Ward, Thomas, 1807-1873

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Thomas William Peg Leg Ward (1807-1872), architect, veteran of the Texas Revolution and government official, was born in Ireland in 1807. Prior to emigration to Quebec in 1828, he was educated as an architect. Ward subsequently moved to New Orleans and became a member of the New Orleans Greys in 1835 when Texas called for aid against Mexico. His company served under Colonel Ben Milam at the Siege of San Antonio de Bexar, during which Ward’s right leg was severed by a cannon ball. A replacement wooden leg gave him the nickname Peg Leg Ward. He recruited a company of volunteers in New Orleans, which served under Thomas Jefferson Rusk. After San Jacinto, Ward settled in Houston and eventually contracted for the construction of the capitol there. In March 1841, he lost his right arm in a cannon accident during a Texas Independence celebration.

Ward served the Texas government in many capacities during the Republic, early statehood, Civil War, and Reconstruction periods. He became postmaster of the Republic, was made chief clerk of the House of Representatives during the Fourth Congress, and in 1840 was elected second Mayor of Austin. On January 4, 1841, Ward succeeded J.P. Borden to become the second commissioner of the General Land Office. He was a major figure in the Archives War, having been ordered directly by Sam Houston to remove the archives from Austin. Ward served as land commissioner until 1848, when he was defeated by George W. Smyth. On June 20, 1844, Ward married widow Susan L. Marston.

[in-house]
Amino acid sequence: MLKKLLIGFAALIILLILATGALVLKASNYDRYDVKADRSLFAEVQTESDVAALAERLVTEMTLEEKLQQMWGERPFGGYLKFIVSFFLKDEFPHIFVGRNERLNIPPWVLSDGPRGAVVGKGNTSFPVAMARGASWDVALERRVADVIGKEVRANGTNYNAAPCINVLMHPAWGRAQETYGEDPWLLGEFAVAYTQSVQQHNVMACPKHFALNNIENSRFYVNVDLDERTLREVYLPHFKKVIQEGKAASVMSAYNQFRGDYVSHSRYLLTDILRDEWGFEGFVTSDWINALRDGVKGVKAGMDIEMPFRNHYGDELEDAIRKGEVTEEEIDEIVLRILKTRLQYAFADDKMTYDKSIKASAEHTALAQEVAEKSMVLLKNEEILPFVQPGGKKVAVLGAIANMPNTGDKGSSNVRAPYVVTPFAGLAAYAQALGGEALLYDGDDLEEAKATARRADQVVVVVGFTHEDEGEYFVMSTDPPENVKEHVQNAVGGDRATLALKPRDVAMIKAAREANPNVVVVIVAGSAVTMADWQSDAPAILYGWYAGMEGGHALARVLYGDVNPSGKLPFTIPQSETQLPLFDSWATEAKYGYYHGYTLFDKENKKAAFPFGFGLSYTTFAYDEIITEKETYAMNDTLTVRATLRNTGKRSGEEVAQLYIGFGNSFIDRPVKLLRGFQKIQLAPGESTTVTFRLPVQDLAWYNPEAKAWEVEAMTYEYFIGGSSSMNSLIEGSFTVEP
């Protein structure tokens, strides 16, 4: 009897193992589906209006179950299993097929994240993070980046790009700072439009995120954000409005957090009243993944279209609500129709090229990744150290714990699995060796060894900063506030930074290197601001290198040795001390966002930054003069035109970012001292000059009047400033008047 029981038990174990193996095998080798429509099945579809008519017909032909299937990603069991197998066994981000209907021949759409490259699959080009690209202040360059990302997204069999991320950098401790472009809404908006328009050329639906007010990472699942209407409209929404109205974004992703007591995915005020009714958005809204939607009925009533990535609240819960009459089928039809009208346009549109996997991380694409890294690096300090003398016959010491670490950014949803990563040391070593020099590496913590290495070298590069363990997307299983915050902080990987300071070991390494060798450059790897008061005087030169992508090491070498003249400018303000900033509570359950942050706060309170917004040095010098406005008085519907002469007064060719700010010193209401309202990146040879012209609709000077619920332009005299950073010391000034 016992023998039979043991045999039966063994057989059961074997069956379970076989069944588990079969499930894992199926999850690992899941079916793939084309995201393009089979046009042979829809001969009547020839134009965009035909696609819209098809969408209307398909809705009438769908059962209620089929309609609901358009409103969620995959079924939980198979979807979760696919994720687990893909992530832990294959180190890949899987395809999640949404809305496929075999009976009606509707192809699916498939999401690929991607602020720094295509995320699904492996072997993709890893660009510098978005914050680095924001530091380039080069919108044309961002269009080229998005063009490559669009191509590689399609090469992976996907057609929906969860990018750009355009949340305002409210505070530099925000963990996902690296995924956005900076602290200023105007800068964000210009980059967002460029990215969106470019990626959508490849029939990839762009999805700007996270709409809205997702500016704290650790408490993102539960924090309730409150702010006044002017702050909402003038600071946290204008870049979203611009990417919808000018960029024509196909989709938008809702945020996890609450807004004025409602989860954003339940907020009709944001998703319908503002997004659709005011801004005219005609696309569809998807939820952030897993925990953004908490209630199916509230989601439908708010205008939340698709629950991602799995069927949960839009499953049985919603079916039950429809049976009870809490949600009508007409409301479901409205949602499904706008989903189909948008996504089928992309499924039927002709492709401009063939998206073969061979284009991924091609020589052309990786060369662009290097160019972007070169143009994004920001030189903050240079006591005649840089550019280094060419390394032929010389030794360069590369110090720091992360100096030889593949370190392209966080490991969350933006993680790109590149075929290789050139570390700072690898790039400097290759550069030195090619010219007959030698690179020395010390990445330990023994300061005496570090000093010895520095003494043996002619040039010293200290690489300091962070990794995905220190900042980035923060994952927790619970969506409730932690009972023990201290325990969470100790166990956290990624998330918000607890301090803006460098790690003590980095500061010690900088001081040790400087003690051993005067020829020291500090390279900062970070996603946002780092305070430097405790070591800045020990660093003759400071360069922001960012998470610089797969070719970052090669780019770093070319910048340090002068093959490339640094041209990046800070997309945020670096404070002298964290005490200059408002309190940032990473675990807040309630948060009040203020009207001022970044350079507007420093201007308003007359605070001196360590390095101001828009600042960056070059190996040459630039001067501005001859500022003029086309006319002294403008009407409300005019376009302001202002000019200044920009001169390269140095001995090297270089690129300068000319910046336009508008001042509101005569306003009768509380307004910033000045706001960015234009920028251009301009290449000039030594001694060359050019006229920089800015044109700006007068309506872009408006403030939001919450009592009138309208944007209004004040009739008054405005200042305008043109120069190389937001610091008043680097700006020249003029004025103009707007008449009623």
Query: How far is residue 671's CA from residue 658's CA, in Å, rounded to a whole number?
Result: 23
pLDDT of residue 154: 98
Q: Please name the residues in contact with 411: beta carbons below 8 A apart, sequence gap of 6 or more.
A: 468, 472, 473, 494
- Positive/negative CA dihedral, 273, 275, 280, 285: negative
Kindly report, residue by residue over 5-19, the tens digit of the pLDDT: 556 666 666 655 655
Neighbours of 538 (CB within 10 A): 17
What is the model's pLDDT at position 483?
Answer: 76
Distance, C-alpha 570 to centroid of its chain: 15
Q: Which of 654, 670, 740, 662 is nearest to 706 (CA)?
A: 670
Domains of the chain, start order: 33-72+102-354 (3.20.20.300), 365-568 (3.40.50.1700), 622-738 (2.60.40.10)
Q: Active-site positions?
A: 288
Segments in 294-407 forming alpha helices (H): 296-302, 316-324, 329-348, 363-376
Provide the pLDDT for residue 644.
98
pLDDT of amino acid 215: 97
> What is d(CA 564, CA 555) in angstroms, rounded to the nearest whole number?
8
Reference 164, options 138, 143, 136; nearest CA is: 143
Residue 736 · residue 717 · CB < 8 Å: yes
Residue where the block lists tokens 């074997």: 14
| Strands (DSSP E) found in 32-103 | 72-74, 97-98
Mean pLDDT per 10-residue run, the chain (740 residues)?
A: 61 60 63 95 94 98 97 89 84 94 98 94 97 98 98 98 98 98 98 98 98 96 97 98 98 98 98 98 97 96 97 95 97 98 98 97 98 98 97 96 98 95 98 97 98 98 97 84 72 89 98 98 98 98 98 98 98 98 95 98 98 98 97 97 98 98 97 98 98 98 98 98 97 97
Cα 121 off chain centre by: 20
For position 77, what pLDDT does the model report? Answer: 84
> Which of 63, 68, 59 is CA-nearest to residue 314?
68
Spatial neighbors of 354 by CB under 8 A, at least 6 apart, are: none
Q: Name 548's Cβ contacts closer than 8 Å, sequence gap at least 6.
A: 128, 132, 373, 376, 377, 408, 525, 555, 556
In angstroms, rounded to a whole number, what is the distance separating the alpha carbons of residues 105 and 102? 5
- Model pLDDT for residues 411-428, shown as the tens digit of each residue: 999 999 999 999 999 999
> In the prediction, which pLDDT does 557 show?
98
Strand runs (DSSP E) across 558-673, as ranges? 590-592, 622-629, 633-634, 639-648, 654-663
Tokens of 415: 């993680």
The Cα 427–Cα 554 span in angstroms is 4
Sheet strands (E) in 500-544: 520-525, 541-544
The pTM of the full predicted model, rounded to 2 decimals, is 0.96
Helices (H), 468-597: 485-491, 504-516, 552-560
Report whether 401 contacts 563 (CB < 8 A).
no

In 1850 Ward was appointed commissioner to issue certificates to claimants in Peter’s Colony. He was elected to his second term as mayor of Austin in 1853, but left office later that year to serve a presidential appointment as consul to Panama until 1857. During the election of 1860, despite bad health, Ward participated as an opponent of secession. After the Civil War, Gov. A. J. Hamilton appointed Ward as mayor of Austin – his third and final time in that office – which he left to serve as President Andrew Johnson’s collector of customs in Corpus Christi from 1865 to 1869. He resided in Austin until dying of typhoid fever in 1872. Wardville, TX, and Ward County, TX, are named in his honor.

Sources: Meriwether, Sara May. Ward, Thomas William. Handbook of Texas Online, http://www.tshaonline.org/handbook/online/articles/WW/fwa52.htmlhttp://www.tshaonline.org/handbook/online/articles/WW/fwa52.html (accessed Sept. 25, 2009). Thomas William Ward Papers, 1825-1885, Dolph Briscoe Center for American History, University of Texas at Austin.

From the guide to the Thomas William Ward Papers 73-102; 85-022; 86-211; 98-387; 2004-065; 2008-173; 2008-303; 2009-257., 1825-1885, (Dolph Briscoe Center for American History, The University of Texas at Austin)

Thomas William "Peg Leg" Ward (1807-1872), architect, veteran of the Texas Revolution and government official, was born in Ireland in 1807.